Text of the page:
David Levitt Author's Article, "IP: Developments in Evaluation of Nominative Fair Use in Domain Names," in InsideCounsel
Recent decision in Toyota Motor Sales, U.S.A, Inc. v. Tabari addresses the issue of trademark infringement and domain names.
A retailer or broker sells a trademarked product. The seller obtains a domain name that includes the trademark. Does the trademark owner have a valid claim for trademark infringement? The recent decision in Toyota Motor Sales, U.S.A., Inc. v. Tabari, sheds some further light on this issue. But the court's analysis adds to the growing body of case law that seems to assume consumer behavior without evidence.
The Tabaris are auto brokers. They contact authorized dealers, solicit bids and arrange for customers to buy from the dealer offering the best combination of location, availability and price. The Tabaris offered this service on the Internet at buy-a-lexus.com and buyorleaselexus.com. Because "Lexus" appeared in the domain name, Toyota sued for trademark infringement. The district court entered a permanent injunction barring the Tabaris from using any domain name which included the Lexus mark, but the 9th Circuit reversed and remanded.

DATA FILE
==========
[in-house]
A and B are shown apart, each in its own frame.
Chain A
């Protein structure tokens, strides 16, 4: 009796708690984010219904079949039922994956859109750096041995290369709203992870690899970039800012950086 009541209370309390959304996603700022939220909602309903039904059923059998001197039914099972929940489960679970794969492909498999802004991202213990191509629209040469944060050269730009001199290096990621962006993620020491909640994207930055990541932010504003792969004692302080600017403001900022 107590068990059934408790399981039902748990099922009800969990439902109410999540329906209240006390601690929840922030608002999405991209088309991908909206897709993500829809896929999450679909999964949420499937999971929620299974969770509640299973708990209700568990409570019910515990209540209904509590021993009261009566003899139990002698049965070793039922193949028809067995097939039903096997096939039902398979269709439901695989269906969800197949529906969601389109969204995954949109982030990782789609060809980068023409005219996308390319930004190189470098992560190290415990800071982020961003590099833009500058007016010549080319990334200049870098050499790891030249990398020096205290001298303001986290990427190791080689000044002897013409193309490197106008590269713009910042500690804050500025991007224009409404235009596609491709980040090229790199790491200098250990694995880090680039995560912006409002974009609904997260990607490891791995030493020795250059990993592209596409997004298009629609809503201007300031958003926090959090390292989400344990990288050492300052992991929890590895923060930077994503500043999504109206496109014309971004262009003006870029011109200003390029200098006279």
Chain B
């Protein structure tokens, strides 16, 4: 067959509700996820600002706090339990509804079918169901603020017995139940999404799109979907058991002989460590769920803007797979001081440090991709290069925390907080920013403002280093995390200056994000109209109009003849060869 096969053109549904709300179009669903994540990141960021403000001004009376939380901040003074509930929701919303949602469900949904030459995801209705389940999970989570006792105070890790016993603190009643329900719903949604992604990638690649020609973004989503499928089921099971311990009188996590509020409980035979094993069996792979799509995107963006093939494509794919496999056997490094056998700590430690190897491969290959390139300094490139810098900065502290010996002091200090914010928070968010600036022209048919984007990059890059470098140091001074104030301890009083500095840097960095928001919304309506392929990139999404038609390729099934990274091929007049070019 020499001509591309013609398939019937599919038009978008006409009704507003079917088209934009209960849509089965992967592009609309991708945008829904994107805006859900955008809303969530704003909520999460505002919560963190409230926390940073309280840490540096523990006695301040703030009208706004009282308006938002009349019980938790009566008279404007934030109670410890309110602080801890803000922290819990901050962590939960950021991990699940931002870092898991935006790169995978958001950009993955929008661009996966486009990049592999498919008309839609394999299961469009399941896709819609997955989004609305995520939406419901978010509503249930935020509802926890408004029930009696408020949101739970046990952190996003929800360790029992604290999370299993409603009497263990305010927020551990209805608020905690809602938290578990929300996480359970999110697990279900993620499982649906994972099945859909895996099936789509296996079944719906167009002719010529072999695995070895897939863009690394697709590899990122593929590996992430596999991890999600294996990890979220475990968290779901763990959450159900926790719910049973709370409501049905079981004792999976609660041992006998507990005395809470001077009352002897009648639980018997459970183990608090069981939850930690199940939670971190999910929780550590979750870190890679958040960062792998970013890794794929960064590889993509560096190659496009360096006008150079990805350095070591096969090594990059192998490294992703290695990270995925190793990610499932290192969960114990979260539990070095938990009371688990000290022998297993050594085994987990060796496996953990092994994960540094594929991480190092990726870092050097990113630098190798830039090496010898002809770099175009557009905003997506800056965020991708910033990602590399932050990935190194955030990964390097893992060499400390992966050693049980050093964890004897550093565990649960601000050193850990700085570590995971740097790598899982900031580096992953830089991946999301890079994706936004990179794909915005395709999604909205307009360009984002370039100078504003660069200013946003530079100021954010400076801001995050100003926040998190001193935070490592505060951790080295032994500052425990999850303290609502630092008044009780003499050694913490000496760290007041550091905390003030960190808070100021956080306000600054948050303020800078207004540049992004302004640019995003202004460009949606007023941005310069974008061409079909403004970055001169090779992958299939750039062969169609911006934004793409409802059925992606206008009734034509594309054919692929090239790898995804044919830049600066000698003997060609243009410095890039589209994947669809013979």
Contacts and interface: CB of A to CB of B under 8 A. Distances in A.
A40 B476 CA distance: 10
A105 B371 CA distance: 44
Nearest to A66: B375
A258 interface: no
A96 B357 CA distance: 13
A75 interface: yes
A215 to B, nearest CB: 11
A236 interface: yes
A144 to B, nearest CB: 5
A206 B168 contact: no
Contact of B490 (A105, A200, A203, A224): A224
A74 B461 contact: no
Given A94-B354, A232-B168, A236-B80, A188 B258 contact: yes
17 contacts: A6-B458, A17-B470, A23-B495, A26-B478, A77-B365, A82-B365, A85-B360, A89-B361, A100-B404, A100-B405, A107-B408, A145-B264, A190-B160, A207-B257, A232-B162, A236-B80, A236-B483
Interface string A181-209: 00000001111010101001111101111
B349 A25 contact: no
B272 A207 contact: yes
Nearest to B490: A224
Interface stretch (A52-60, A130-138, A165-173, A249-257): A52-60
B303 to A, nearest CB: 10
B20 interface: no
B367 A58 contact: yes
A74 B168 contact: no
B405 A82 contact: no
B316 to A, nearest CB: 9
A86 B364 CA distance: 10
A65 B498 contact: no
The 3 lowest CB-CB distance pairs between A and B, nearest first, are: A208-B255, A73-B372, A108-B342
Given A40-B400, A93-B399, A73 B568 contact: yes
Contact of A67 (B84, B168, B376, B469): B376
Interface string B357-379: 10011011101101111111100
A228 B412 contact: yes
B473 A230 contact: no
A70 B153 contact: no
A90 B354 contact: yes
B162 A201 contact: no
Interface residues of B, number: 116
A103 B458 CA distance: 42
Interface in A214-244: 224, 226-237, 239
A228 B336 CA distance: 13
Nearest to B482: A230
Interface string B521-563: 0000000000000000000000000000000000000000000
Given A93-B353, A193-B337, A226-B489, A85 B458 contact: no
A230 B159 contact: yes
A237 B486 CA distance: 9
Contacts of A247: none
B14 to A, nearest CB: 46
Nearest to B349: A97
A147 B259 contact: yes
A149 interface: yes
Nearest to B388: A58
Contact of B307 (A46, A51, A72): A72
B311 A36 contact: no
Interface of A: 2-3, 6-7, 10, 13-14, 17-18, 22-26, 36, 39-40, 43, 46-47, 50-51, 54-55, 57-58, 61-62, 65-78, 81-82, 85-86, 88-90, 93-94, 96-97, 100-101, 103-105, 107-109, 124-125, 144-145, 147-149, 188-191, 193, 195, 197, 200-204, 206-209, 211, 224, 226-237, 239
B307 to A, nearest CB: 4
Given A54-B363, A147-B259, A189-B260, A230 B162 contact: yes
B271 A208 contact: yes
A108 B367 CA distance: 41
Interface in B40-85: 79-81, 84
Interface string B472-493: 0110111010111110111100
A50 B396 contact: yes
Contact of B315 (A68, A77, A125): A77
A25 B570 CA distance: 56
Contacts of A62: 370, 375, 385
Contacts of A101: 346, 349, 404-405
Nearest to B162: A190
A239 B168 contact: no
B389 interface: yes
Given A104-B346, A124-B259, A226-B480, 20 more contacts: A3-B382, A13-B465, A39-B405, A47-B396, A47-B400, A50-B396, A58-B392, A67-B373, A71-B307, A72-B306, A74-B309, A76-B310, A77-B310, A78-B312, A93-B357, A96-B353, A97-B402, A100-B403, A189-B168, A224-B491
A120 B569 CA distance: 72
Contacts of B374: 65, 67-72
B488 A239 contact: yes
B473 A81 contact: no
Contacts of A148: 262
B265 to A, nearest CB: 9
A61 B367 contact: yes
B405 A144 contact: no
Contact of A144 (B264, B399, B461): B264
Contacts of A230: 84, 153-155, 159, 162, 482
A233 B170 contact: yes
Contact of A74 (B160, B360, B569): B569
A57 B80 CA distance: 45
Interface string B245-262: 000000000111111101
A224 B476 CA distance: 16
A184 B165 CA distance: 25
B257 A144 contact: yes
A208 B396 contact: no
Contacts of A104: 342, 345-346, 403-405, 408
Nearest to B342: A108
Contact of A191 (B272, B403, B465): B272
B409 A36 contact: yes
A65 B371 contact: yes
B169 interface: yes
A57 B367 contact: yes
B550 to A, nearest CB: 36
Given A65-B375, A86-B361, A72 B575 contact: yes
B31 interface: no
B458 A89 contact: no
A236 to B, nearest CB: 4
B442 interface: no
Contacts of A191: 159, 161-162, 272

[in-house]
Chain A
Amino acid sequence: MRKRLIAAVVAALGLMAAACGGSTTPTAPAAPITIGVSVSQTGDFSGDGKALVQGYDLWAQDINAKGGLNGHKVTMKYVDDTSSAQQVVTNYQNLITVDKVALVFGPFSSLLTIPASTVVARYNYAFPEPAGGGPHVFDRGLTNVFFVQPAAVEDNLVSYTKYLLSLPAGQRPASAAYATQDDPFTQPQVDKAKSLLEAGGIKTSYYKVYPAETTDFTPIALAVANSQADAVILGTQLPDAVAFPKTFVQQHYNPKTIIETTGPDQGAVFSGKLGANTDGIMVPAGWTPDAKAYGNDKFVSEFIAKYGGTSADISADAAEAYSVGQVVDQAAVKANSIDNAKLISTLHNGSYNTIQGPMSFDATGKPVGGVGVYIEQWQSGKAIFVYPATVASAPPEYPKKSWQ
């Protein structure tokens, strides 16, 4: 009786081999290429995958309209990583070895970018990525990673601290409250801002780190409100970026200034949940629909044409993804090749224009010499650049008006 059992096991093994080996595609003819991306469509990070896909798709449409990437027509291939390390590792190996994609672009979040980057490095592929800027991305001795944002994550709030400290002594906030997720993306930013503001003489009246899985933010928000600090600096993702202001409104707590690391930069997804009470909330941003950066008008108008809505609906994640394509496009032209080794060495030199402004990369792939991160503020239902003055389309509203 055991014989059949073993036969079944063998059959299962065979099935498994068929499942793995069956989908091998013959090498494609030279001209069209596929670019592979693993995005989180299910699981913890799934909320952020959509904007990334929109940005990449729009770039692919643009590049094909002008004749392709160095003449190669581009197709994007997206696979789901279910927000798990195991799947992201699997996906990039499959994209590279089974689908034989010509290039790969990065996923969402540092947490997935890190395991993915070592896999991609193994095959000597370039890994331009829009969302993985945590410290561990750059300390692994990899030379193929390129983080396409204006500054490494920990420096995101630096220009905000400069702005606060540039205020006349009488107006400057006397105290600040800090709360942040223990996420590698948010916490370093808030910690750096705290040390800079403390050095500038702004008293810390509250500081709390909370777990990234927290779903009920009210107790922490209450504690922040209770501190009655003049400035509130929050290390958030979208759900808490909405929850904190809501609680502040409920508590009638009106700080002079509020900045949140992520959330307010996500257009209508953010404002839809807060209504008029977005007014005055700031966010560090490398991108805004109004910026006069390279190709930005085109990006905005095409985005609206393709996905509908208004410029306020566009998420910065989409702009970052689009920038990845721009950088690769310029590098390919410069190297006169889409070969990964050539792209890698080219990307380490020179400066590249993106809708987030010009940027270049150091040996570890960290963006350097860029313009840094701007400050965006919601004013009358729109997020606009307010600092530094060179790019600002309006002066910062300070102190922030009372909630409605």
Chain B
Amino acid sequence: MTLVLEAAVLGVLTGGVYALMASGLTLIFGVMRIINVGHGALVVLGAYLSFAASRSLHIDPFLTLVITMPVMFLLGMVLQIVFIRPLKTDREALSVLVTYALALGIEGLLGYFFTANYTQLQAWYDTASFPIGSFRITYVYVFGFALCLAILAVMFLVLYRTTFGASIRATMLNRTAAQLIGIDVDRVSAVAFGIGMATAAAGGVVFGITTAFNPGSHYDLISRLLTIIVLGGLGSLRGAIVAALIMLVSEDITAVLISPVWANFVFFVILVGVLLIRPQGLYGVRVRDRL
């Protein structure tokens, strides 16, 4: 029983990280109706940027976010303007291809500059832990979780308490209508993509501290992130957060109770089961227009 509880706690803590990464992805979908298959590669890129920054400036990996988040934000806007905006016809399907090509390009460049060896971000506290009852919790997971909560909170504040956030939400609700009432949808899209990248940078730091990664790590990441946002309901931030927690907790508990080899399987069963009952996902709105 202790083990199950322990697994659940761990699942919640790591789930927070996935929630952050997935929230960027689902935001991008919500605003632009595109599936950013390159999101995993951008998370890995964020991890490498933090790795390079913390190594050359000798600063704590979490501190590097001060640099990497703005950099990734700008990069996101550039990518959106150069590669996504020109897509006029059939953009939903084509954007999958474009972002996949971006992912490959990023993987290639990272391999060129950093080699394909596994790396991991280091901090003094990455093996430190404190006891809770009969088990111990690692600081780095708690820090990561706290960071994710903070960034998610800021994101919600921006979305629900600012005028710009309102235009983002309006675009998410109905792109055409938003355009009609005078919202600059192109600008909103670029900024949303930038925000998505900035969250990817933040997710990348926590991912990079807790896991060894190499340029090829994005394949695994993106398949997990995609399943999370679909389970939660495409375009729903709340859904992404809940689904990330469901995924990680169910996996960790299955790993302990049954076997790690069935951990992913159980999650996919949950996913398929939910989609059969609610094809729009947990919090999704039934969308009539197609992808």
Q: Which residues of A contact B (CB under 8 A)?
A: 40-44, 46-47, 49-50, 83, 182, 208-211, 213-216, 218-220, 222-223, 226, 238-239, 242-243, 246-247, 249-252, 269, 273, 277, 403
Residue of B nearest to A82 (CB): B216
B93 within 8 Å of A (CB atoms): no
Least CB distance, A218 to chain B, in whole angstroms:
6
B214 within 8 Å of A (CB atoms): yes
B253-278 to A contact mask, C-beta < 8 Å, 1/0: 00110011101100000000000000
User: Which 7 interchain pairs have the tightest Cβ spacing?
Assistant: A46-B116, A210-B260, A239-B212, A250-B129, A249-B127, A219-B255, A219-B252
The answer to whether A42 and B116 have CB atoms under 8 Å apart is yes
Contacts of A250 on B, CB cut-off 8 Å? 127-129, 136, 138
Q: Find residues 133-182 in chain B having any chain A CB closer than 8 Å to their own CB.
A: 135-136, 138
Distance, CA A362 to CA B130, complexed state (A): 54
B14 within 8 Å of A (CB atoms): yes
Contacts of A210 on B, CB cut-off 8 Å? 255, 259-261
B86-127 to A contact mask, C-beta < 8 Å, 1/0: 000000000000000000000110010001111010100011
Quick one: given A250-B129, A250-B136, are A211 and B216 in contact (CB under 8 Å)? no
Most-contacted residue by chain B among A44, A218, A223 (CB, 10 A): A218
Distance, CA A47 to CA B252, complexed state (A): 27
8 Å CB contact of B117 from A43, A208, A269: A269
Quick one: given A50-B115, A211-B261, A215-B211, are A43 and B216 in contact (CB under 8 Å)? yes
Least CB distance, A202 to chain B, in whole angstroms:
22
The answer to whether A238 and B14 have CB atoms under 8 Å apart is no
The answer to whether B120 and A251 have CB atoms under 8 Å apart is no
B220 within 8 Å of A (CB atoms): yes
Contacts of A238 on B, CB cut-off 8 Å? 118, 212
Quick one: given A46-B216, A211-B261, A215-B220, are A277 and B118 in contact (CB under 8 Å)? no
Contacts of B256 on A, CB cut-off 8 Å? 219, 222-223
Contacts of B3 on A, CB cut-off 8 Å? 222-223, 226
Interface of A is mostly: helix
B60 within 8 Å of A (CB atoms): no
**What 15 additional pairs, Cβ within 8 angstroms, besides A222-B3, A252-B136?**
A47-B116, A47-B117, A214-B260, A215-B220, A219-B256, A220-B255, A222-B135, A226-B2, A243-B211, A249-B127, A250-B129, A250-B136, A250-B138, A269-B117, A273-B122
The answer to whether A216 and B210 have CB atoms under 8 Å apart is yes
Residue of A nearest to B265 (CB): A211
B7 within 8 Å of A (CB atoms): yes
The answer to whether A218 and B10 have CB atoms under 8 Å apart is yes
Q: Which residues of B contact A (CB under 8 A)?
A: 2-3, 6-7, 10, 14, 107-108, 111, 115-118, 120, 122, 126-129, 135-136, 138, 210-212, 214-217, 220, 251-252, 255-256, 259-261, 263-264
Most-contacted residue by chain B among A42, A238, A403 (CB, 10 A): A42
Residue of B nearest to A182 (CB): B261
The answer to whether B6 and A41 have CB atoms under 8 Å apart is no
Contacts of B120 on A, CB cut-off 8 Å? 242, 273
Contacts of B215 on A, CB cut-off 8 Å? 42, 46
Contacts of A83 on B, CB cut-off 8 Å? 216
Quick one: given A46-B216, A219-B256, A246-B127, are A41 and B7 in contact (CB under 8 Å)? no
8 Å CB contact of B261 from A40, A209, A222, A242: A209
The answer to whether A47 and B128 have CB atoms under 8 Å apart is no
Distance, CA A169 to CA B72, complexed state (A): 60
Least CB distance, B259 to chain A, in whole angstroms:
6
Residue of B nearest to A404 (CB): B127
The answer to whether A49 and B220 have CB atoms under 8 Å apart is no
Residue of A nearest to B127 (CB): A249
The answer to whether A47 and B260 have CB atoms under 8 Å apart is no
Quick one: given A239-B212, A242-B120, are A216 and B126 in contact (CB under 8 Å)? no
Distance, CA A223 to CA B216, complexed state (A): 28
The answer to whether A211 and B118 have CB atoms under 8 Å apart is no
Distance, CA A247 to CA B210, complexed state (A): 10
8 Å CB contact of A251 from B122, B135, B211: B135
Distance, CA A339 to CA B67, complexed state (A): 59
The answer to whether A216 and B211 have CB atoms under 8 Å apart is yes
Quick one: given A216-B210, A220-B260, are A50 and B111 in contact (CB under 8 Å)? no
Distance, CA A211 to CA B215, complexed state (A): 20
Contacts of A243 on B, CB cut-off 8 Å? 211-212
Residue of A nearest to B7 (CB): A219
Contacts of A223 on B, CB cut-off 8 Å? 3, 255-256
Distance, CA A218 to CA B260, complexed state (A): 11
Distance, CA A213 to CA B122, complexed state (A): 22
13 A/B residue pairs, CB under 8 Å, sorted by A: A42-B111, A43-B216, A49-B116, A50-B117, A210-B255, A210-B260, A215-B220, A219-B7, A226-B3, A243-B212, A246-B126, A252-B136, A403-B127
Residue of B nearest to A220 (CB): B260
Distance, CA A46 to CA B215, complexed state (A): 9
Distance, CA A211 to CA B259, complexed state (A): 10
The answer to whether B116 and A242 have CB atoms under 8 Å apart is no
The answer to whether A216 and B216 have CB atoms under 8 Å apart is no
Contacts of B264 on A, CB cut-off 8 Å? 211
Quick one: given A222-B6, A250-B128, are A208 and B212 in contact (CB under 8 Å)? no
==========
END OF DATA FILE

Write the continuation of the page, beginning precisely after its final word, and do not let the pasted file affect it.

The reversal was based on "nominative fair use," a doctrine that applies where the alleged infringer is using the trademark to describe the trademark owner's product, not its own. The court noted that the usual multifactor likelihood of confusion test (different federal circuits have articulated slightly different factors) does not apply in nominative fair use cases; rather, the court asks whether: (1) the product was "readily identifiable" without the use of the mark; (2) the defendant used more of the mark than was necessary; and (3) the defendant falsely suggested that it was sponsored or endorsed by the trademark holder.